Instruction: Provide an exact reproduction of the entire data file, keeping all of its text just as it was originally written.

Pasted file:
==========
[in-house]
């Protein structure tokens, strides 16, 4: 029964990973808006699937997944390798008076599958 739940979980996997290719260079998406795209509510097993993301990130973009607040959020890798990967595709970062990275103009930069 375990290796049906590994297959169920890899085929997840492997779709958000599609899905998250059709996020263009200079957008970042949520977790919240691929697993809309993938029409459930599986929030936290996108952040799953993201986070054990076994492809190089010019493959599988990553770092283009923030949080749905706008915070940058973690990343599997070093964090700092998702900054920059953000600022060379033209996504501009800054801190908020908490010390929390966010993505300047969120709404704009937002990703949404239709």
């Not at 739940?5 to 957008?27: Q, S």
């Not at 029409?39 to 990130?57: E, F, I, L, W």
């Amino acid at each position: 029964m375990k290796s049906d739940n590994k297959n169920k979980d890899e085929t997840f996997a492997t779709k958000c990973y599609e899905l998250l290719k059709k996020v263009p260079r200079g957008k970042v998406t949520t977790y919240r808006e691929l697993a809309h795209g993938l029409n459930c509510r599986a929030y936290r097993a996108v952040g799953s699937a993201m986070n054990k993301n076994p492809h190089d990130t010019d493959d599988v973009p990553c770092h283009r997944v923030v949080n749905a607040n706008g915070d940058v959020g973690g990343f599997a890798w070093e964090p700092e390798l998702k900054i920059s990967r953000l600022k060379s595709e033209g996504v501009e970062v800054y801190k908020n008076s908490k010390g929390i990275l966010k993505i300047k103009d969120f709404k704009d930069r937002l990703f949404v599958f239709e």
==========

[in-house]
């Protein structure tokens, strides 16, 4: 029964990973808006699937997944390798008076599958 739940979980996997290719260079998406795209509510097993993301990130973009607040959020890798990967595709970062990275103009930069 375990290796049906590994297959169920890899085929997840492997779709958000599609899905998250059709996020263009200079957008970042949520977790919240691929697993809309993938029409459930599986929030936290996108952040799953993201986070054990076994492809190089010019493959599988990553770092283009923030949080749905706008915070940058973690990343599997070093964090700092998702900054920059953000600022060379033209996504501009800054801190908020908490010390929390966010993505300047969120709404704009937002990703949404239709």
């Not at 739940?5 to 957008?27: Q, S």
């Not at 029409?39 to 990130?57: E, F, I, L, W």
């Amino acid at each position: 029964m375990k290796s049906d739940n590994k297959n169920k979980d890899e085929t997840f996997a492997t779709k958000c990973y599609e899905l998250l290719k059709k996020v263009p260079r200079g957008k970042v998406t949520t977790y919240r808006e691929l697993a809309h795209g993938l029409n459930c509510r599986a929030y936290r097993a996108v952040g799953s699937a993201m986070n054990k993301n076994p492809h190089d990130t010019d493959d599988v973009p990553c770092h283009r997944v923030v949080n749905a607040n706008g915070d940058v959020g973690g990343f599997a890798w070093e964090p700092e390798l998702k900054i920059s990967r953000l600022k060379s595709e033209g996504v501009e970062v800054y801190k908020n008076s908490k010390g929390i990275l966010k993505i300047k103009d969120f709404k704009d930069r937002l990703f949404v599958f239709e």